An Astrologer’s Day Summary

R. K. Narayan

An Astrologer’s Day

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An Astrologer’s Day Summary

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The short story “An Astrologer’s Day” by R. K. Narayan (Rasipuram Krishnaswami Iyer Narayanaswami) follows a man posing as an astrologer meeting the man he once tried to kill. Originally published in Hindi, the piece, along with twenty-nine other short stories by Narayan, was first published in English in 1947.

The short story contains strong themes that are apparent through Narayan’s creative work, including deception, revenge, and the ironies of life. “An Astrologer’s Day” combines suspense, realism, and thriller genres.

The third-person, omniscient narrator begins by describing a day in the life of an astrologer. As opposed to astronomers who are scientists by training and study the physical properties of the universe, astrologers follow the pseudo-science of predicting the future based on the speculative motions of the stars, moons, and other planets.

The astrologer lays out all of his professional equipment, including Ancient Syrian writing and enigmatic cloth charts. Many people mistake the piercing glare of his eyes for intelligence and the rare ability to tell the future, but really, he is just really good at looking for gullible customers. He also uses makeup and a turban on his head to make himself appear more mystical and thus a quality source for prophecies; no one can reliably recognize him.

The astrologer sells prophecies in a busy market with low-quality facilities. The dingy lights, often powered by gas, cast a mysterious quality on the astrologer. The narrator notes that the astrologer cannot really tell the future, but he is good at reading people and telling them whatever it is they want to hear; in fact, it only takes him five minutes to deduce if the individual is having issues with love or money. He knows there are certain vague statements that will stroke the ego of any individual: “Is there a female who dislikes you?” “You are not being justly rewarded for your work.” “People find you intimidating, though you are kind on the inside.” As this is a service, the narrator casts no judgment on the astrologer for what he does for a living.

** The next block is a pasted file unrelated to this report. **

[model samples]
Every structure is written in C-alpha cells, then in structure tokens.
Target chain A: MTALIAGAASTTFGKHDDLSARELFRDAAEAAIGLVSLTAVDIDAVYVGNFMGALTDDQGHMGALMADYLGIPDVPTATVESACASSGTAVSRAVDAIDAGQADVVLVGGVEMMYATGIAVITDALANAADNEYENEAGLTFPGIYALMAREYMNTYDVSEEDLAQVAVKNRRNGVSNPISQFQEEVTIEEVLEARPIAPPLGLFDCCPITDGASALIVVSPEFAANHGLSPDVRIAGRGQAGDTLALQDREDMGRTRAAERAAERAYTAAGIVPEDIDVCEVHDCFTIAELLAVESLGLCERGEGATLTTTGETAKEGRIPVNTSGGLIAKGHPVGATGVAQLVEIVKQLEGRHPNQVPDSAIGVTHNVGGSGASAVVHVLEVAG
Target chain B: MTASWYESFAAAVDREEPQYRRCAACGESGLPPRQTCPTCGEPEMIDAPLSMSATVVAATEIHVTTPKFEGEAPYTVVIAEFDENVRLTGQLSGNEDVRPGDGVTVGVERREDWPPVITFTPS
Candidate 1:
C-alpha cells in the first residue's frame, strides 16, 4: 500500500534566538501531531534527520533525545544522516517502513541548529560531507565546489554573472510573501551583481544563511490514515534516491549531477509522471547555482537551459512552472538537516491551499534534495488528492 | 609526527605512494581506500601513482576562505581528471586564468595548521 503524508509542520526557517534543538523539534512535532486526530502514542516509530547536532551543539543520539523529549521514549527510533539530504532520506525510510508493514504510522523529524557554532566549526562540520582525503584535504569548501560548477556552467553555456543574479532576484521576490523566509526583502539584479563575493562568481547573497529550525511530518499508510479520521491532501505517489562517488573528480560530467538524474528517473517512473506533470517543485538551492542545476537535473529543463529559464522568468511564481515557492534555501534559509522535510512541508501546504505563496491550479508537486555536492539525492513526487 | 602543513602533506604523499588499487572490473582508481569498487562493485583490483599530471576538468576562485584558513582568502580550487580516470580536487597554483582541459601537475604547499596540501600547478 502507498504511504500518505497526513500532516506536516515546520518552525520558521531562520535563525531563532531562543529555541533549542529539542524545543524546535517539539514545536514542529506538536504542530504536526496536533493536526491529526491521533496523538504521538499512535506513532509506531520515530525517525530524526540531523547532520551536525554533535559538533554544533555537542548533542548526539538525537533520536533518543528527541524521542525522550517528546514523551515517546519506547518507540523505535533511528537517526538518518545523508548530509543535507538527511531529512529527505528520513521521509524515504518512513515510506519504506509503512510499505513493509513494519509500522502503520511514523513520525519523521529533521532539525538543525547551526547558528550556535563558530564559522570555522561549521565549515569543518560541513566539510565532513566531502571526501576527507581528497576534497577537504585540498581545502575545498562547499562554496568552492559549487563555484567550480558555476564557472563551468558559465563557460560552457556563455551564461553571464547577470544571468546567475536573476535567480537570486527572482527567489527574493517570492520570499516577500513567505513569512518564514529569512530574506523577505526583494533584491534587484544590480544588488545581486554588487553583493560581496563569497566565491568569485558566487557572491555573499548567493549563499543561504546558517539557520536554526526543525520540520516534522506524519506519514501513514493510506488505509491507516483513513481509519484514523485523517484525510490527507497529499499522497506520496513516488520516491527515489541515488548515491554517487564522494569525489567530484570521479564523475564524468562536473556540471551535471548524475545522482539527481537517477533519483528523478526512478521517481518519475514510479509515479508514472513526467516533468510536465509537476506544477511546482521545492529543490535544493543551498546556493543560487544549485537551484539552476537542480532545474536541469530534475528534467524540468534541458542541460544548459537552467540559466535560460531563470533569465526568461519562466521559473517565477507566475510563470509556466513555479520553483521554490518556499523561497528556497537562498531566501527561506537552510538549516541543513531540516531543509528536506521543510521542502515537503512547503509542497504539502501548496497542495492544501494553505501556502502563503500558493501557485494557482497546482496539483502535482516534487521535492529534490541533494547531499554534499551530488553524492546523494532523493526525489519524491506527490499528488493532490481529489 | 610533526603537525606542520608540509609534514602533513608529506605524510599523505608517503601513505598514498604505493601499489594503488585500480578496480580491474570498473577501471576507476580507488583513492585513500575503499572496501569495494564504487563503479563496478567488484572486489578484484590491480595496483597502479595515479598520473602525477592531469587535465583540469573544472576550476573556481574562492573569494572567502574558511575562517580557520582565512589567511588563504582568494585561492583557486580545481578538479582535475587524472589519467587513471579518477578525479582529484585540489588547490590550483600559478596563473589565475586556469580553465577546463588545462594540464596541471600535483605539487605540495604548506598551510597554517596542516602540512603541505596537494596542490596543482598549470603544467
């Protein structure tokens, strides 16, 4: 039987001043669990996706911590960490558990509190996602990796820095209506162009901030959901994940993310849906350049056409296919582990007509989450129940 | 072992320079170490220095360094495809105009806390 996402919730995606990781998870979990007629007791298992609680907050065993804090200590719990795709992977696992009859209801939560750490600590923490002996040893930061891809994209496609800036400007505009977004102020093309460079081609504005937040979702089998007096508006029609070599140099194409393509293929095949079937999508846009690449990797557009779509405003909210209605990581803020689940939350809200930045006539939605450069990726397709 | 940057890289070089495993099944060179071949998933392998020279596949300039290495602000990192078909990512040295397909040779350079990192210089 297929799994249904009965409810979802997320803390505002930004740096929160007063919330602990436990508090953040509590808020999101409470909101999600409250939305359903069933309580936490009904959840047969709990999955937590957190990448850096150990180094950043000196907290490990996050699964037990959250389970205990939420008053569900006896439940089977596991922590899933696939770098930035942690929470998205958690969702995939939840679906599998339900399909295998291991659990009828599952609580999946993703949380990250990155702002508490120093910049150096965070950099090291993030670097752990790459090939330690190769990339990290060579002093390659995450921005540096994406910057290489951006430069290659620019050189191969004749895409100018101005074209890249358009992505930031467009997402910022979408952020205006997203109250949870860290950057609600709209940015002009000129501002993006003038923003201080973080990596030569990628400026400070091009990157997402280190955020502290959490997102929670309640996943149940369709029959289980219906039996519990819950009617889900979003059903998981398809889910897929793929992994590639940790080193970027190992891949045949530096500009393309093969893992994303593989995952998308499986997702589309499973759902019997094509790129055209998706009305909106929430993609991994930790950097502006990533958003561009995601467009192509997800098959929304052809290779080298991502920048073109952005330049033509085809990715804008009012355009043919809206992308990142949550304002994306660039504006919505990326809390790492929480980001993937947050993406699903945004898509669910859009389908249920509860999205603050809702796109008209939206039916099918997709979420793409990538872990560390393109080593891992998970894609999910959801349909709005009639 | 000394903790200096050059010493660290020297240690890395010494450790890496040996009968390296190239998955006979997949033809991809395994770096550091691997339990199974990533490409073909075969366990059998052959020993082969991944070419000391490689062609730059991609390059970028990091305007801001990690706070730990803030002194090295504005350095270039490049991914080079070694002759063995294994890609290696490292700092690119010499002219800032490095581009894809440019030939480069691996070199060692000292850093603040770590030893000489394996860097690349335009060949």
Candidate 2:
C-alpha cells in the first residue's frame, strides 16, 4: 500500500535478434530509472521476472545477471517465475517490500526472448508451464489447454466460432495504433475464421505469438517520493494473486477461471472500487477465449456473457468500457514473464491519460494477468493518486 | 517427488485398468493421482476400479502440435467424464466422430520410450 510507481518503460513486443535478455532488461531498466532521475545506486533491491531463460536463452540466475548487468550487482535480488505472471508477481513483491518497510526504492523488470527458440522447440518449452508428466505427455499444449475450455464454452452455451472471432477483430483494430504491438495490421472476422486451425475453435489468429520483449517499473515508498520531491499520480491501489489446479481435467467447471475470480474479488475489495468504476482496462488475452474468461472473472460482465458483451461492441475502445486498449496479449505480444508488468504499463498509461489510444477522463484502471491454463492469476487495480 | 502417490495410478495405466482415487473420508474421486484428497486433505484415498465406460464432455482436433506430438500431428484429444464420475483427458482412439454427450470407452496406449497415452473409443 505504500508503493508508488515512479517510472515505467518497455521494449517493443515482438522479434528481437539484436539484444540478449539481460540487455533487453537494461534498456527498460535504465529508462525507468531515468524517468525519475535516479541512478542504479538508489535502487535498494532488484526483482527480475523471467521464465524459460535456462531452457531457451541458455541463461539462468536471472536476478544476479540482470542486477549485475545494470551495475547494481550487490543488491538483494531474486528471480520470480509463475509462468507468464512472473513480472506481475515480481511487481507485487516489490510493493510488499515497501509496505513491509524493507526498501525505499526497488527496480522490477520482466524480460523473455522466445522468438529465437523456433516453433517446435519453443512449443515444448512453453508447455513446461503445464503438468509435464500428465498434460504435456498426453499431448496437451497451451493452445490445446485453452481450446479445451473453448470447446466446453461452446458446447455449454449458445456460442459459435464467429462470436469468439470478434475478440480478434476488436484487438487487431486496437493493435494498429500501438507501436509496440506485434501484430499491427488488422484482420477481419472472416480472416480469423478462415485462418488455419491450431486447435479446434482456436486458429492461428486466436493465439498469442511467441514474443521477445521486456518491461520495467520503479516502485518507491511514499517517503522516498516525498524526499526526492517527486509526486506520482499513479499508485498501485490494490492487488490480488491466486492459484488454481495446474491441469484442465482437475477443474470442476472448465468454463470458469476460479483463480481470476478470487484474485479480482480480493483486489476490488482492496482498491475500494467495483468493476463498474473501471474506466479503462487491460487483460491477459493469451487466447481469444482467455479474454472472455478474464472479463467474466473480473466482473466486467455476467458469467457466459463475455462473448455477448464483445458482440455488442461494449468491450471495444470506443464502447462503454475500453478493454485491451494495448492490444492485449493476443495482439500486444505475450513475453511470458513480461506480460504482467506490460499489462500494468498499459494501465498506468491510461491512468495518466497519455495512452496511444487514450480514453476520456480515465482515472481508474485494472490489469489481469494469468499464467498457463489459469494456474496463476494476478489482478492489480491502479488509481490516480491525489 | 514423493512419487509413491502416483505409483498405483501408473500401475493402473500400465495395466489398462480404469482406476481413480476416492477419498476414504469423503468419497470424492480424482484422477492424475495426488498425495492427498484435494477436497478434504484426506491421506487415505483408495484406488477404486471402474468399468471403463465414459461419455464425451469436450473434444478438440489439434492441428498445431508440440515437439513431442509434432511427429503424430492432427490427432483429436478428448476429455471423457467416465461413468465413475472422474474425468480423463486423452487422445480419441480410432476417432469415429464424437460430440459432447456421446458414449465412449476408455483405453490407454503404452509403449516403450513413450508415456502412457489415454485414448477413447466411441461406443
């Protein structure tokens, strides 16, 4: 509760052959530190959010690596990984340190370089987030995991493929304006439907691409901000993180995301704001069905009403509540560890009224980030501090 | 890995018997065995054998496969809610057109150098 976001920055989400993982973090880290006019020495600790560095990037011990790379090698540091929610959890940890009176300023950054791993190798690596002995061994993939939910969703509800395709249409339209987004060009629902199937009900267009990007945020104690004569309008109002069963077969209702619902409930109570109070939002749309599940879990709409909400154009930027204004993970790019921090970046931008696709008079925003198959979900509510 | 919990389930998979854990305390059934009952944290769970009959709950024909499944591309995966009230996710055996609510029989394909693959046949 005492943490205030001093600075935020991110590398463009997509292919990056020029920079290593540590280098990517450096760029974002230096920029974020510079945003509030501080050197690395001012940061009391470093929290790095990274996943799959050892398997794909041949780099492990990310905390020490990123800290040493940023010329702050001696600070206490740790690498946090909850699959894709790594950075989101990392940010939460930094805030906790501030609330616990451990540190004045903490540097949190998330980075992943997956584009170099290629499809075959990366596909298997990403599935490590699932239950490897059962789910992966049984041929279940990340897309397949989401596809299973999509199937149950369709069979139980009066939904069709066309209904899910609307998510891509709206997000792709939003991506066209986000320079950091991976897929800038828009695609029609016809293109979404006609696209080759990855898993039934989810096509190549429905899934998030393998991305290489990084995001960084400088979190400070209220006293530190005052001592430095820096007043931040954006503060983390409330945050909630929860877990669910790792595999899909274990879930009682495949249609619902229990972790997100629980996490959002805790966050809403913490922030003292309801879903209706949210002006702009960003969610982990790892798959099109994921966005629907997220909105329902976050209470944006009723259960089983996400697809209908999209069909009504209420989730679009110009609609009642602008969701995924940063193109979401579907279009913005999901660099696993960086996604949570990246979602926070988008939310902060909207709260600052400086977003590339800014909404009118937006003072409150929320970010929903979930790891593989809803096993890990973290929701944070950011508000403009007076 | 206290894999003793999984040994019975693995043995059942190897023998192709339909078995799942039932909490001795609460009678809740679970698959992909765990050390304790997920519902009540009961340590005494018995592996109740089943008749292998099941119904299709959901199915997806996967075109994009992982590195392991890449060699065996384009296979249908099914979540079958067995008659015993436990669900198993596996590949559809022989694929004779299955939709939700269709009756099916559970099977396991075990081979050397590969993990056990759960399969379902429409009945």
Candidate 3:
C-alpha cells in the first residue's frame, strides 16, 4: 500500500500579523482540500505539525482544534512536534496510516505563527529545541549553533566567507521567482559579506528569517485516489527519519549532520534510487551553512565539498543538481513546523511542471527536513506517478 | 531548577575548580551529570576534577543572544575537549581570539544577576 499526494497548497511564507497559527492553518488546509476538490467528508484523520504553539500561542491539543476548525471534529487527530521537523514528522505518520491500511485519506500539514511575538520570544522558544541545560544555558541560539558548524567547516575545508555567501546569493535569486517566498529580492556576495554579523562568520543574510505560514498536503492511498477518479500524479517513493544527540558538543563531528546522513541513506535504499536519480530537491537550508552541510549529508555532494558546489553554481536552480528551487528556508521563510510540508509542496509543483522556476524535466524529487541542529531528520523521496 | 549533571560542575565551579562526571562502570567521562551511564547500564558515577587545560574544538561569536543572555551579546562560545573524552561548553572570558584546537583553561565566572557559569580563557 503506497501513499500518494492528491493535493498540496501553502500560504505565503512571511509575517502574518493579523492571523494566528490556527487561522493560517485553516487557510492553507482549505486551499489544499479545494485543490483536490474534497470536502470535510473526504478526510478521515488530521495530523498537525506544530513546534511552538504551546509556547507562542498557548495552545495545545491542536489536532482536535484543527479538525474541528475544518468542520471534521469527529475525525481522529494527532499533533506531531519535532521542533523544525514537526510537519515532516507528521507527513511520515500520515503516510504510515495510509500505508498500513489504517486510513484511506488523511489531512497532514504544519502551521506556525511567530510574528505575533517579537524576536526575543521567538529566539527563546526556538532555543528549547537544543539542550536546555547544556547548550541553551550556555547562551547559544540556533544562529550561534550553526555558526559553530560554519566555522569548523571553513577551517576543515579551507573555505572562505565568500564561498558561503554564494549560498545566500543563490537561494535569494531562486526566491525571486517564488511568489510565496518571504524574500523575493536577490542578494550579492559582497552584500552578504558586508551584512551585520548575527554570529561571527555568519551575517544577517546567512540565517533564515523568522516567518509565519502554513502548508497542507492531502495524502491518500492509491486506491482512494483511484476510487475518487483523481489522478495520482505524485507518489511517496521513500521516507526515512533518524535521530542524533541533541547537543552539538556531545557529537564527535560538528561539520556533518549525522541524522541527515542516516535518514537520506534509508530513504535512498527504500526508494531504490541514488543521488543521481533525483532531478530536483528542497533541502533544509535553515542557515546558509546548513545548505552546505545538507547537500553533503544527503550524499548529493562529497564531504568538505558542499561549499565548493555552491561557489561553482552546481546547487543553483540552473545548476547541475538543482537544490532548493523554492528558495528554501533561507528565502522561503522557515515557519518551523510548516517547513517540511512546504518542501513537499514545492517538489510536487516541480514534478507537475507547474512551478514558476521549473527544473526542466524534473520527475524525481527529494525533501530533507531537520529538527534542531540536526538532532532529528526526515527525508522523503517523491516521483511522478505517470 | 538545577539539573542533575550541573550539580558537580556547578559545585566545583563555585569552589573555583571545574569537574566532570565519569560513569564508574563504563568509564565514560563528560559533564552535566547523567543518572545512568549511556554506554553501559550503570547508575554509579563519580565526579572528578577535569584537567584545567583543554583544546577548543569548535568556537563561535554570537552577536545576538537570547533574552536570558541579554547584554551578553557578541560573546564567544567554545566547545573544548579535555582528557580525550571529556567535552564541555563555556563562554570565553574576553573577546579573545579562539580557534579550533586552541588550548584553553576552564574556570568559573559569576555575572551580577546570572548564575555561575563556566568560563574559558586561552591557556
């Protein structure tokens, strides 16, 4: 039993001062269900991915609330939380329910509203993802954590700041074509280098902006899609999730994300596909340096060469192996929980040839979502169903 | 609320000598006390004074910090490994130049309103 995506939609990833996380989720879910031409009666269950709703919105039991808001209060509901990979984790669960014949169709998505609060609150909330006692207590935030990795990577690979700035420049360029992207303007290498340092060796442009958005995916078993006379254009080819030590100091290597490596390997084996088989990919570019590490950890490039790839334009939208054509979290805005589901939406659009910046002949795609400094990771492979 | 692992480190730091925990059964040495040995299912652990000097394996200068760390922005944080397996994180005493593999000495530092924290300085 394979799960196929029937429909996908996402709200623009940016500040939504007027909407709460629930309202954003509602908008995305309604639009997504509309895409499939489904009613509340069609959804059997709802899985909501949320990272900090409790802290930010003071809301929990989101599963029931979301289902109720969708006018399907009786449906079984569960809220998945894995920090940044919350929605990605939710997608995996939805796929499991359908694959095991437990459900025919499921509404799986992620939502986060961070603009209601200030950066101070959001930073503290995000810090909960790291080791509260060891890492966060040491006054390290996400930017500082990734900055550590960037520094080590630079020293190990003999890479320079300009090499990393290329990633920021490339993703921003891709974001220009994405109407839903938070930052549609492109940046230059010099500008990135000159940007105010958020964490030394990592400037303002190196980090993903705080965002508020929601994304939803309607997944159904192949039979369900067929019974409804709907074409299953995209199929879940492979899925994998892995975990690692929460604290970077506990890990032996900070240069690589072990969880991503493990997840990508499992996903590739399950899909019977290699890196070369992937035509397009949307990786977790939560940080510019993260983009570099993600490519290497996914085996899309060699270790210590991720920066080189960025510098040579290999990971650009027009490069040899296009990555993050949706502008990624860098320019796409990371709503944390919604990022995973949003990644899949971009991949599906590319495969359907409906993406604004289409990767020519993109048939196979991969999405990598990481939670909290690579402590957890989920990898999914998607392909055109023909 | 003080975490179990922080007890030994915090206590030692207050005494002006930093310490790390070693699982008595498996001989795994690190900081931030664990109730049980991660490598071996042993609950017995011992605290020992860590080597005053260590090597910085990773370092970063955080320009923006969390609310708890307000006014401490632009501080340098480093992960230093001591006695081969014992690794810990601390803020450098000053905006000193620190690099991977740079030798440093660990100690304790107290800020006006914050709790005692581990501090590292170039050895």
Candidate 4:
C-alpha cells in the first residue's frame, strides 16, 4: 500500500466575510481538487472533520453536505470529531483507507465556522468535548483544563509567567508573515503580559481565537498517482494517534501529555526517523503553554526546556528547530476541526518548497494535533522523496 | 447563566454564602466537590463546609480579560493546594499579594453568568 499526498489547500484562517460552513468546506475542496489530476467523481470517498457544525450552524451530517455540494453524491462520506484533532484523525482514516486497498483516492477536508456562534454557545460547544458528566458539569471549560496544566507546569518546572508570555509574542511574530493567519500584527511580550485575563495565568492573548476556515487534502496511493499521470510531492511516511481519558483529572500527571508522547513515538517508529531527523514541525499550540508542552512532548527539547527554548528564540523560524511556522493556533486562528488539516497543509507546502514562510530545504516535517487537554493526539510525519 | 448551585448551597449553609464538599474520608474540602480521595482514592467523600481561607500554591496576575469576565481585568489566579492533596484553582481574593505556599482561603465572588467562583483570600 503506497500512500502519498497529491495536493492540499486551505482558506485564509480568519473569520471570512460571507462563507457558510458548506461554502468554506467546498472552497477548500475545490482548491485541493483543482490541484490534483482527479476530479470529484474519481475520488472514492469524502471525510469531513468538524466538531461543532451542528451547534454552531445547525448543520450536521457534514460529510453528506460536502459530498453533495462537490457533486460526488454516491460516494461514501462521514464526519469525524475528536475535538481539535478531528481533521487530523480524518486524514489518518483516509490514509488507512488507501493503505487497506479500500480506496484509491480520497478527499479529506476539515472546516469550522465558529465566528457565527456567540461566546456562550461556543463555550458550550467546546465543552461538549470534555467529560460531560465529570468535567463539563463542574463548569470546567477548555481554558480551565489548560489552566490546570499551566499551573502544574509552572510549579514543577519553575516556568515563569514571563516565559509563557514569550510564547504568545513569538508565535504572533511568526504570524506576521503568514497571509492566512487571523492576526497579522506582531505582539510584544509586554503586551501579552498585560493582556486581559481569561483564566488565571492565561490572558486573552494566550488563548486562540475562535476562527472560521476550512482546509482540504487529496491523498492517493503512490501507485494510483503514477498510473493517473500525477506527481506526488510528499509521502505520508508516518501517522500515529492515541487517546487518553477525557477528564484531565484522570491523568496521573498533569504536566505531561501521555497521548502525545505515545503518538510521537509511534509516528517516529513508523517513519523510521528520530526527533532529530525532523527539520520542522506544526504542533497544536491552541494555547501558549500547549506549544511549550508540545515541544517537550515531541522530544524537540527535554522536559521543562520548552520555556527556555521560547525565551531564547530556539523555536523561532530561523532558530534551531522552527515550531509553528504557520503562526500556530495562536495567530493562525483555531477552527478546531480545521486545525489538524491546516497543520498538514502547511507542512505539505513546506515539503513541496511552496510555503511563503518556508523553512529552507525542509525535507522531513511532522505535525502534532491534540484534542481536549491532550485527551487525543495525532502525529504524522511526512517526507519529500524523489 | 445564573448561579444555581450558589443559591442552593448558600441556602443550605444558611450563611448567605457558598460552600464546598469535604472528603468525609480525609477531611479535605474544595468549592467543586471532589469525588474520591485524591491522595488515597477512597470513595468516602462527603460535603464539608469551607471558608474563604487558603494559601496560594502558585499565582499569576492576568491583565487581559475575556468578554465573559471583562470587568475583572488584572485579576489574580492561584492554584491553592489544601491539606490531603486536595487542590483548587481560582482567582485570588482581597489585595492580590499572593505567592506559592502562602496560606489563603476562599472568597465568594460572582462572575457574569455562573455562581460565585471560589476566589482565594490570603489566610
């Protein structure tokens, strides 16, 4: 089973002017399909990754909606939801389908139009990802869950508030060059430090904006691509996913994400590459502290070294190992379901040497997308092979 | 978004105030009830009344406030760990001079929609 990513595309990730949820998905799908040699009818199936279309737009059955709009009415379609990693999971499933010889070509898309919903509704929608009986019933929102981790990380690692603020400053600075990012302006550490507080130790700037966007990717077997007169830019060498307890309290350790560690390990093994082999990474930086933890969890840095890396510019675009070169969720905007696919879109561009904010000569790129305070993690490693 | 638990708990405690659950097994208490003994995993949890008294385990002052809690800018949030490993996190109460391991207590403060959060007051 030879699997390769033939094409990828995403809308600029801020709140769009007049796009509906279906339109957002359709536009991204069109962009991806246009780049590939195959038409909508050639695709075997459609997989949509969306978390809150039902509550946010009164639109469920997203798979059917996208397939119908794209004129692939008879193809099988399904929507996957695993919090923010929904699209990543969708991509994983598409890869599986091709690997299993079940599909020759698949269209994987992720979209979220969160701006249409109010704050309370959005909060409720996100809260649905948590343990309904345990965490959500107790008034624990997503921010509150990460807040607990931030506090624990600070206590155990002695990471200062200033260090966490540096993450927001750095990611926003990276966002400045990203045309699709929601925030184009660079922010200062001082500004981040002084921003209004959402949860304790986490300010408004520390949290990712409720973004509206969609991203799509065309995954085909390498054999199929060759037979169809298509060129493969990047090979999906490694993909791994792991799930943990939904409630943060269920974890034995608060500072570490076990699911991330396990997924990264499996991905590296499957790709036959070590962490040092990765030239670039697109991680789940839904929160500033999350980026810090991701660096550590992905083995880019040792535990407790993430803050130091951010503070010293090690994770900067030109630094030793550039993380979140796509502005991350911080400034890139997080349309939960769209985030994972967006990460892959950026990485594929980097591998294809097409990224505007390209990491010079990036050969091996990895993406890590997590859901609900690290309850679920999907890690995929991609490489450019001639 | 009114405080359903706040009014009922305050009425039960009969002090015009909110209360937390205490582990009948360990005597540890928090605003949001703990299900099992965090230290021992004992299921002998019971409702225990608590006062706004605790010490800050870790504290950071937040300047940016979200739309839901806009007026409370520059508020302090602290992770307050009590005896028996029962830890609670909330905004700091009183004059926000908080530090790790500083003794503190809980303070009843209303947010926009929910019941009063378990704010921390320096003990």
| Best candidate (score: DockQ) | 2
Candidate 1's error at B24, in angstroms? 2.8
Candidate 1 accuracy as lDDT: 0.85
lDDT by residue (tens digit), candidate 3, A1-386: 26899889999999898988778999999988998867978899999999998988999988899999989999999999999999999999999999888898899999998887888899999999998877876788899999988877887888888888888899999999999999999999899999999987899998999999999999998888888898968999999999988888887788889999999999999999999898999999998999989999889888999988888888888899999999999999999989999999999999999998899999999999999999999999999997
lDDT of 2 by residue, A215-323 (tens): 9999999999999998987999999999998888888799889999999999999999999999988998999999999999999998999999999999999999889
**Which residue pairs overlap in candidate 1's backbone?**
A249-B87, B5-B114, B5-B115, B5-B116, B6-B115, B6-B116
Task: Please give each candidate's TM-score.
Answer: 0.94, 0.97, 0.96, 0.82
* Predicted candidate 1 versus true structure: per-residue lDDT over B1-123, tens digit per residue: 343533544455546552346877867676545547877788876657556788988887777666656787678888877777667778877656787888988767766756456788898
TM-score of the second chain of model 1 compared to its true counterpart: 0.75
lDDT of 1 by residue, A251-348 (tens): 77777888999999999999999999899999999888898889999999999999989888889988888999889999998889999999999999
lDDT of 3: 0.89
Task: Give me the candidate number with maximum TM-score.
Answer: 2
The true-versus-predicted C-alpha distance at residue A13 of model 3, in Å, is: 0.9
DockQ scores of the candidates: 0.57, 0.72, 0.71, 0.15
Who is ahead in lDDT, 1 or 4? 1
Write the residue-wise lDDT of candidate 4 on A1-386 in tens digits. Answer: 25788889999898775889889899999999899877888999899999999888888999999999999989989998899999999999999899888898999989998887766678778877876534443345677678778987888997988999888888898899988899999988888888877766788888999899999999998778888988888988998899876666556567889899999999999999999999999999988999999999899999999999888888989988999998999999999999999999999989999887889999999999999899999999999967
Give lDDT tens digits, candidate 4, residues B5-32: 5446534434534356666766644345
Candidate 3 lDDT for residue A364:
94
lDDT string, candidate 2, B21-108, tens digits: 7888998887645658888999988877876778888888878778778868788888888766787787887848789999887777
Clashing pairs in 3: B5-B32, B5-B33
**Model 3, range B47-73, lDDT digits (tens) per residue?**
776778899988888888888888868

The narrator gives the backstory of the young astrologer. He left his small village because he did not want to be an overworked farmer like all of his male ancestors. It is also hinted that he is running away from one of his misdeeds. To escape his fate, he travels by foot to a city more than two hundred miles away.

One day, the astrologer starts to pack up at the end of the day, because the neighboring nuts stand has turned off the green light for the day; the green light was a vital part of his act. Before he leaves, a stranger accosts him, saying that he is not a real astrologer.

The astrologer says he only charges pennies per question. The man pulls out the equivalent of a dollar and says he has some questions for the astrologer; if he answers correctly, he can keep the dollar. The astrologer bargains for a higher price, and the dual begins.

The stranger smokes while the astrologer begins his process. The stranger is clearly aggressive and rude. The astrologer figures it has been a long day, and the challenge is not worth the money. He tells the stranger to come back another time, but the stranger physically restrains him, and tells the astrologer to answer yes or no: should the stranger continue with his current quest? The astrologer insists on a few incantations and thinks about the man’s situation. He then asks if the man has ever been left for dead; he has. The astrologer asks if it was a knife. The stranger, with increasing amazement, reveals a scar left on his chest by a blade.

The astrologer then says that the man was left for dead after being pushed into a well. This turns out to be true. The stranger, amazed, asks when he should get his revenge on the person who assaulted him. The astrologer then calls his name—Guru Nayak—and says that the man he seeks vengeance against died four months ago. Nayak is amazed—there is no way the astrologer could have known his name. The astrologer replies, simply, that he knows many things.

The astrologer warns Nayak to never journey south of this village. If he does so, he will surely be killed. But if he goes home, which is a forty-eight-hour train ride north, then Nayak can live well into old age.

Nayak says that that will not be a problem. He only journeyed south to murder this individual. The only thing he regrets is that he could not have made the man’s death more gruesome. Fortunately, the astrologer says he was crushed under a bus—it was, in fact, a terrifying death. Nayak is pleased by this news.

The astrologer picks up his things and heads home. He is late, and his wife is angry at his tardiness. But then he hands her the large bag of coins that he procured from Nayak. She is thrilled by the good fortune.

After a nice dinner, the astrologer confesses to his wife that long ago, when he was a teenager, he was the one who pushed Nayak down the well and left him to die. The two had been gambling and drinking; they got into a huge fight at the end, and in a fit of rage, the astrologer stuck a knife into Nayak and threw him down a well. But now that he knows Nayak did not die, the astrology feels that he can sleep with a light heart now.